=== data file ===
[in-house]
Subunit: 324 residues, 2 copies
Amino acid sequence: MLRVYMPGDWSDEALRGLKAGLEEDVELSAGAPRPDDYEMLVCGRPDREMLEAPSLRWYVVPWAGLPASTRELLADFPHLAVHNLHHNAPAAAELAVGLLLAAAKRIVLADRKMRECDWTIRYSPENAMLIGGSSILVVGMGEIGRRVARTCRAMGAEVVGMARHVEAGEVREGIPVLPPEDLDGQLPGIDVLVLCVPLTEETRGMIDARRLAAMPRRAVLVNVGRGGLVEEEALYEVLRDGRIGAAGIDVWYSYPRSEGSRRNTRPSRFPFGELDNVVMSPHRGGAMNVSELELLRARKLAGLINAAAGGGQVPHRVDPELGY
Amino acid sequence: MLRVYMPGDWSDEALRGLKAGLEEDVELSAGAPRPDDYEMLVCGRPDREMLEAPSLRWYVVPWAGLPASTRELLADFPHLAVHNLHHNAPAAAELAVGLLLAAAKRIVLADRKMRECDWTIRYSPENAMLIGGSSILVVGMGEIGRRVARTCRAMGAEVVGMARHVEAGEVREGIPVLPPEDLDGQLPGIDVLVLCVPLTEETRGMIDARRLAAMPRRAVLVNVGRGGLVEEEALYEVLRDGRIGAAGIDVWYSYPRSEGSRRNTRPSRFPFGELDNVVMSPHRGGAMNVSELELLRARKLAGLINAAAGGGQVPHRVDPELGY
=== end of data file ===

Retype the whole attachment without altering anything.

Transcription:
[in-house]
Subunit: 324 residues, 2 copies
Amino acid sequence: MLRVYMPGDWSDEALRGLKAGLEEDVELSAGAPRPDDYEMLVCGRPDREMLEAPSLRWYVVPWAGLPASTRELLADFPHLAVHNLHHNAPAAAELAVGLLLAAAKRIVLADRKMRECDWTIRYSPENAMLIGGSSILVVGMGEIGRRVARTCRAMGAEVVGMARHVEAGEVREGIPVLPPEDLDGQLPGIDVLVLCVPLTEETRGMIDARRLAAMPRRAVLVNVGRGGLVEEEALYEVLRDGRIGAAGIDVWYSYPRSEGSRRNTRPSRFPFGELDNVVMSPHRGGAMNVSELELLRARKLAGLINAAAGGGQVPHRVDPELGY
Amino acid sequence: MLRVYMPGDWSDEALRGLKAGLEEDVELSAGAPRPDDYEMLVCGRPDREMLEAPSLRWYVVPWAGLPASTRELLADFPHLAVHNLHHNAPAAAELAVGLLLAAAKRIVLADRKMRECDWTIRYSPENAMLIGGSSILVVGMGEIGRRVARTCRAMGAEVVGMARHVEAGEVREGIPVLPPEDLDGQLPGIDVLVLCVPLTEETRGMIDARRLAAMPRRAVLVNVGRGGLVEEEALYEVLRDGRIGAAGIDVWYSYPRSEGSRRNTRPSRFPFGELDNVVMSPHRGGAMNVSELELLRARKLAGLINAAAGGGQVPHRVDPELGY